I have a confession: I currently have no fewer than four different types of flour in my kitchen at the moment (white, wheat, rye, and buckwheat). Plus cornmeal, and then oats which can be made into oat flour. I've been known to have barley, graham, and multiple types of white and wheat flour on hand at any given time, too.
The one kind of flour I can't seem to remember to buy, even though I know it has its place in the kitchen, is cake flour. My grandmother kept a box of Pillsbury Softasilk cake flour in her kitchen cabinet, but she also baked cakes frequently. I don't, so in spite of my obsession with multiple types of flour, I can't justify that purchase even when new recipes call for it.
That's okay because it's super easy to make at home instead of buying special from the grocery store. We'll show you how to make homemade cake flour, and two ingredients are all you need.
Cake Flour and Its Uses
If you're not familiar with cake flour, in short, it's a low protein flour that makes for a light and airy cake. It's the opposite end of the spectrum from great bread flour, in which you're looking for a more solid structure.
Cake flour is useful for cakes like angel food cake, but you can also use it biscuits and pancakes and any other kind of baked good where you want a lighter texture.
Fun fact: Low protein flour sticks together, which is why so many older cake recipes call for sifting the flour with other ingredients as a first step.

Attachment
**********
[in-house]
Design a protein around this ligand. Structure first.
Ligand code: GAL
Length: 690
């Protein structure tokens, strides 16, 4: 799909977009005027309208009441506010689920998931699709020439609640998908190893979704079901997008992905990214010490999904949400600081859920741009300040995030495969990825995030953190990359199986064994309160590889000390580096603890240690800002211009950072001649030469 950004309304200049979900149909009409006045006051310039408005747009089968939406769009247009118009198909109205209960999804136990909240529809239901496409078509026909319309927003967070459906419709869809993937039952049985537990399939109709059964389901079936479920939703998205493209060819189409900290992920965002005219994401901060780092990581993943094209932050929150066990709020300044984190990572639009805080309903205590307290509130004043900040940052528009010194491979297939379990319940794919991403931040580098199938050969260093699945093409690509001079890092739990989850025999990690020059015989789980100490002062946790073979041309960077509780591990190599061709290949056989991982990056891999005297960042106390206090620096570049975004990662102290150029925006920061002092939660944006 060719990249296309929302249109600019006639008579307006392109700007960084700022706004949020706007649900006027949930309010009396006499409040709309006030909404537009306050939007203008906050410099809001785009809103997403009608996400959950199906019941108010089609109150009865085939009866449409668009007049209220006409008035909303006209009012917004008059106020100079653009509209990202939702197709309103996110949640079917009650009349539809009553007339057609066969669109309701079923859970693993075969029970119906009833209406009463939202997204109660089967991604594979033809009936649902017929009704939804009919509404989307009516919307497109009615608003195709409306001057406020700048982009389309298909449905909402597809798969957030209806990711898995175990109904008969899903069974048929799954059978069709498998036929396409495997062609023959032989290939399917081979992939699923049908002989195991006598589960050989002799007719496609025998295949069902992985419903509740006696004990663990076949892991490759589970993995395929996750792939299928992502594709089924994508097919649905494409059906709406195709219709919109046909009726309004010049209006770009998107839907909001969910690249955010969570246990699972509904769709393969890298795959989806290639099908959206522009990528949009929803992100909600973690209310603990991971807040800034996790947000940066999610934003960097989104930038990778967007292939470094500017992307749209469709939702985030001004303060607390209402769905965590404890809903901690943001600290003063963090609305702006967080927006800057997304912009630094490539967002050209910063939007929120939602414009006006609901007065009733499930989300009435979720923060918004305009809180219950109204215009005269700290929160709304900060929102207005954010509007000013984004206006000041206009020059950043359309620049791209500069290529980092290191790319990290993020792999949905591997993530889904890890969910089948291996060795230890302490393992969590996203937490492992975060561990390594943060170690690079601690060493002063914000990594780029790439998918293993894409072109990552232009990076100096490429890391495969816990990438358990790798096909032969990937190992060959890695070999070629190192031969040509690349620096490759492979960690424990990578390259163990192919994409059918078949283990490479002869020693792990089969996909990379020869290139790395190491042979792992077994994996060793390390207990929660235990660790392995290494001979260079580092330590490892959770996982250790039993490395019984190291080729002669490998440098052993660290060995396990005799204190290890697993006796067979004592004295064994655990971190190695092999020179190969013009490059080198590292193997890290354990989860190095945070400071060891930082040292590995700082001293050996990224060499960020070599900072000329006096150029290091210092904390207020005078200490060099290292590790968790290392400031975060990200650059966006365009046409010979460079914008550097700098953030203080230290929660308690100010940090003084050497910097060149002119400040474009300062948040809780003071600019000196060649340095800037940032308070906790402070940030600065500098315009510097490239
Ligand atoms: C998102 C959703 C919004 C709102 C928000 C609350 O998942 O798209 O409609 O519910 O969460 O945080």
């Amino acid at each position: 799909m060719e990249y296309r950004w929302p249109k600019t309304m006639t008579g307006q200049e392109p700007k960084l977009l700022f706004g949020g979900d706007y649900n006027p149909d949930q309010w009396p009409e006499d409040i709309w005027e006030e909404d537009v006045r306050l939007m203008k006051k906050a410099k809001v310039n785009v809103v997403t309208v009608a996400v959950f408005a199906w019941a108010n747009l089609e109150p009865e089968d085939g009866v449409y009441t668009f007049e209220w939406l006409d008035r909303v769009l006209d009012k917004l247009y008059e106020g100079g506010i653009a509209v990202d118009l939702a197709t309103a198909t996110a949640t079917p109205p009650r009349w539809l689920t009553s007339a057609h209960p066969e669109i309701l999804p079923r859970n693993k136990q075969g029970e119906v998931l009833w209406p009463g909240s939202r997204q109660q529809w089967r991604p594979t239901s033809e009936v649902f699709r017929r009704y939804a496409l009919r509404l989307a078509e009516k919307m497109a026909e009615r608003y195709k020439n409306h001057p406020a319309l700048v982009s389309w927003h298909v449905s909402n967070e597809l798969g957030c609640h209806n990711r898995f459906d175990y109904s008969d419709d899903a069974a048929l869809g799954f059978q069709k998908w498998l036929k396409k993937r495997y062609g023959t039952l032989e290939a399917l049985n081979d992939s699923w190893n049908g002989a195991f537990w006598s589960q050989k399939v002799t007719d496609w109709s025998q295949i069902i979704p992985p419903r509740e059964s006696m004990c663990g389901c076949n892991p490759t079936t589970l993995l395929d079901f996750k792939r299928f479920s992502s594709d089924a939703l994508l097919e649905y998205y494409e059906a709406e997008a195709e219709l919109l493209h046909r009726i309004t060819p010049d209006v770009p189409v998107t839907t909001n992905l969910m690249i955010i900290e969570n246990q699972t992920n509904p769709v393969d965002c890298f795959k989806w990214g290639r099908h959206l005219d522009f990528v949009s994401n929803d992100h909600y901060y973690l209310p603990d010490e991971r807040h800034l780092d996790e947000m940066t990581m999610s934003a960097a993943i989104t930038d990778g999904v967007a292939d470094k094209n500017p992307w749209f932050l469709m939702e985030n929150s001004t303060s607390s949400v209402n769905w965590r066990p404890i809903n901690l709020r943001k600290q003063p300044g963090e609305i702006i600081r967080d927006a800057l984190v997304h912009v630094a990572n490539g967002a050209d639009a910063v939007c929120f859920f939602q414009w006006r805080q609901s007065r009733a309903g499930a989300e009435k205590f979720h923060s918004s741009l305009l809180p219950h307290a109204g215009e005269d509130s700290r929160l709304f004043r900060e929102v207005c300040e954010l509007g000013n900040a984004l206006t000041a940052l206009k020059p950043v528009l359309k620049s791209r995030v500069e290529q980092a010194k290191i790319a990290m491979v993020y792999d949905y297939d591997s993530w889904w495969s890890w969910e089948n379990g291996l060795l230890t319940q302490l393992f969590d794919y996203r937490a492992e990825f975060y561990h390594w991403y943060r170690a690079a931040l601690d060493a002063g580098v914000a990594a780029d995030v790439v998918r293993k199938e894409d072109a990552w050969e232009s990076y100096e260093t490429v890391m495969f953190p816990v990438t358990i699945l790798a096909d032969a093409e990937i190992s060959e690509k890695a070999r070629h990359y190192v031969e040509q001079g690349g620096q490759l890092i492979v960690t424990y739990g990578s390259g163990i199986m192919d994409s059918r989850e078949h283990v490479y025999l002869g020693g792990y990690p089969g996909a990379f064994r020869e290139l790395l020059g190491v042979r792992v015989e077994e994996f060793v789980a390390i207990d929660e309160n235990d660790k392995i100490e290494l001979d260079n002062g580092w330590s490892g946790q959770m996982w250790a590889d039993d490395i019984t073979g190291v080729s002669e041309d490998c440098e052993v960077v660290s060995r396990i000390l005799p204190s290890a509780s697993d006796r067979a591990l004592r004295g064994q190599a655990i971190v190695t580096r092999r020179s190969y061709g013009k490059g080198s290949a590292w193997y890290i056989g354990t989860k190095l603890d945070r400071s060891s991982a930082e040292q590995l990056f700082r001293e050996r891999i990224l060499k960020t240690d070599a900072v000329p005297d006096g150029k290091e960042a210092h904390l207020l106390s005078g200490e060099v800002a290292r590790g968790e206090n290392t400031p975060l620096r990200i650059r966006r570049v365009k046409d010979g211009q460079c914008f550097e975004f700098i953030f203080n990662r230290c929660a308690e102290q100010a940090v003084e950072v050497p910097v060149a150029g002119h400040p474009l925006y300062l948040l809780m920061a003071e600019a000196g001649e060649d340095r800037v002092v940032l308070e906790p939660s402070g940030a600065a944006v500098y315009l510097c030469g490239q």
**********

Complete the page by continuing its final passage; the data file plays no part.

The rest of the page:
How To Hack Your Own Cake Flour
You can make your own cake flour at home using two ingredients: regular all purpose white flour and cornstarch. The cornstarch replaces some of the protein content in the flour with a substance that gives the resulting baked good a finer and lighter texture since it develops less gluten from the lower protein in the flour. This also creates a fine crumb.
The cake flour substitute recipe is easy and nearly indistinguishable from store-bought cake flour using regular flour.
- For every one cup of all purpose flour, take out two tablespoons of the flour and replace it with two tablespoons of cornstarch.
You'll want to sift the new cup of cake flour to make sure the AP flour and cornstarch are mixed well. You can't just use a measuring cup and call it mixed, y'all. It's important to remember, also, that self-rising flour (or self raising flour, if you fancy), is all-purpose flour with baking powder and salt added. While the two are similarly used in baking, they are for different purposes and are not interchangeable, even if it's a chocolate cake recipe.
If you don't have cornstarch, you can also use arrowroot powder (same ratio), but arrowroot changes baking time and texture, so if you try the DIY arrowroot method, keep an eye on the baking time. While cooking is more free-form with room for experimenting, it's important to remember that baking recipes in particular rely on scientific reactions in the batter to create the perfect, pretty desserts.